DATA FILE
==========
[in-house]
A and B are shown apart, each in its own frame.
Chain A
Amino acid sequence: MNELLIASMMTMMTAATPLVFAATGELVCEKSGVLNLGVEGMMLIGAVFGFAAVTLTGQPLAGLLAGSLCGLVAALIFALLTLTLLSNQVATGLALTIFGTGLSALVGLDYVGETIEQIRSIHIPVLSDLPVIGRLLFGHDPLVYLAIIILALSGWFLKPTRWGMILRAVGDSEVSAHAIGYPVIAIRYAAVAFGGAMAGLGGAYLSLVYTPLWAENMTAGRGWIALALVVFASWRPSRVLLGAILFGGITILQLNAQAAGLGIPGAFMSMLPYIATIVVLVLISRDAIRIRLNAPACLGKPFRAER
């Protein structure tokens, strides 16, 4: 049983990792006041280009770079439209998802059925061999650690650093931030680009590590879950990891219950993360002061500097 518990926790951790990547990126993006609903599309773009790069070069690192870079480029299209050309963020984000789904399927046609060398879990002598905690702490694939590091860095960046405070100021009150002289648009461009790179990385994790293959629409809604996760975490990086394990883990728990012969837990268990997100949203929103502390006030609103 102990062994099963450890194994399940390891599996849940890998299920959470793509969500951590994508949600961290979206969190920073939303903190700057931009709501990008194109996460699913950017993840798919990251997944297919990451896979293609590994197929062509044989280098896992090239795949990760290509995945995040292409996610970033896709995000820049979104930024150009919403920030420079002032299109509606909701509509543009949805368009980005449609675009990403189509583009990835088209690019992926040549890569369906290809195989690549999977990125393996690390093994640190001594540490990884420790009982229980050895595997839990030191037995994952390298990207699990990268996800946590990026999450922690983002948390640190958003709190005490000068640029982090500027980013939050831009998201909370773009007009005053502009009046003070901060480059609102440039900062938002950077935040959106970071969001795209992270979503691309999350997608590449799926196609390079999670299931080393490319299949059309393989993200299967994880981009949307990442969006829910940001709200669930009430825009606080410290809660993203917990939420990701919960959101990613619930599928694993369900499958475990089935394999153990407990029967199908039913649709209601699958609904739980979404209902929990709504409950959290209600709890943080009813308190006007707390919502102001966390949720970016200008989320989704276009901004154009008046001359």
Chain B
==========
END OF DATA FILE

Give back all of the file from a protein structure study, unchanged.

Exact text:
[in-house]
A and B are shown apart, each in its own frame.
Chain A
Amino acid sequence: MNELLIASMMTMMTAATPLVFAATGELVCEKSGVLNLGVEGMMLIGAVFGFAAVTLTGQPLAGLLAGSLCGLVAALIFALLTLTLLSNQVATGLALTIFGTGLSALVGLDYVGETIEQIRSIHIPVLSDLPVIGRLLFGHDPLVYLAIIILALSGWFLKPTRWGMILRAVGDSEVSAHAIGYPVIAIRYAAVAFGGAMAGLGGAYLSLVYTPLWAENMTAGRGWIALALVVFASWRPSRVLLGAILFGGITILQLNAQAAGLGIPGAFMSMLPYIATIVVLVLISRDAIRIRLNAPACLGKPFRAER
């Protein structure tokens, strides 16, 4: 049983990792006041280009770079439209998802059925061999650690650093931030680009590590879950990891219950993360002061500097 518990926790951790990547990126993006609903599309773009790069070069690192870079480029299209050309963020984000789904399927046609060398879990002598905690702490694939590091860095960046405070100021009150002289648009461009790179990385994790293959629409809604996760975490990086394990883990728990012969837990268990997100949203929103502390006030609103 102990062994099963450890194994399940390891599996849940890998299920959470793509969500951590994508949600961290979206969190920073939303903190700057931009709501990008194109996460699913950017993840798919990251997944297919990451896979293609590994197929062509044989280098896992090239795949990760290509995945995040292409996610970033896709995000820049979104930024150009919403920030420079002032299109509606909701509509543009949805368009980005449609675009990403189509583009990835088209690019992926040549890569369906290809195989690549999977990125393996690390093994640190001594540490990884420790009982229980050895595997839990030191037995994952390298990207699990990268996800946590990026999450922690983002948390640190958003709190005490000068640029982090500027980013939050831009998201909370773009007009005053502009009046003070901060480059609102440039900062938002950077935040959106970071969001795209992270979503691309999350997608590449799926196609390079999670299931080393490319299949059309393989993200299967994880981009949307990442969006829910940001709200669930009430825009606080410290809660993203917990939420990701919960959101990613619930599928694993369900499958475990089935394999153990407990029967199908039913649709209601699958609904739980979404209902929990709504409950959290209600709890943080009813308190006007707390919502102001966390949720970016200008989320989704276009901004154009008046001359």
Chain B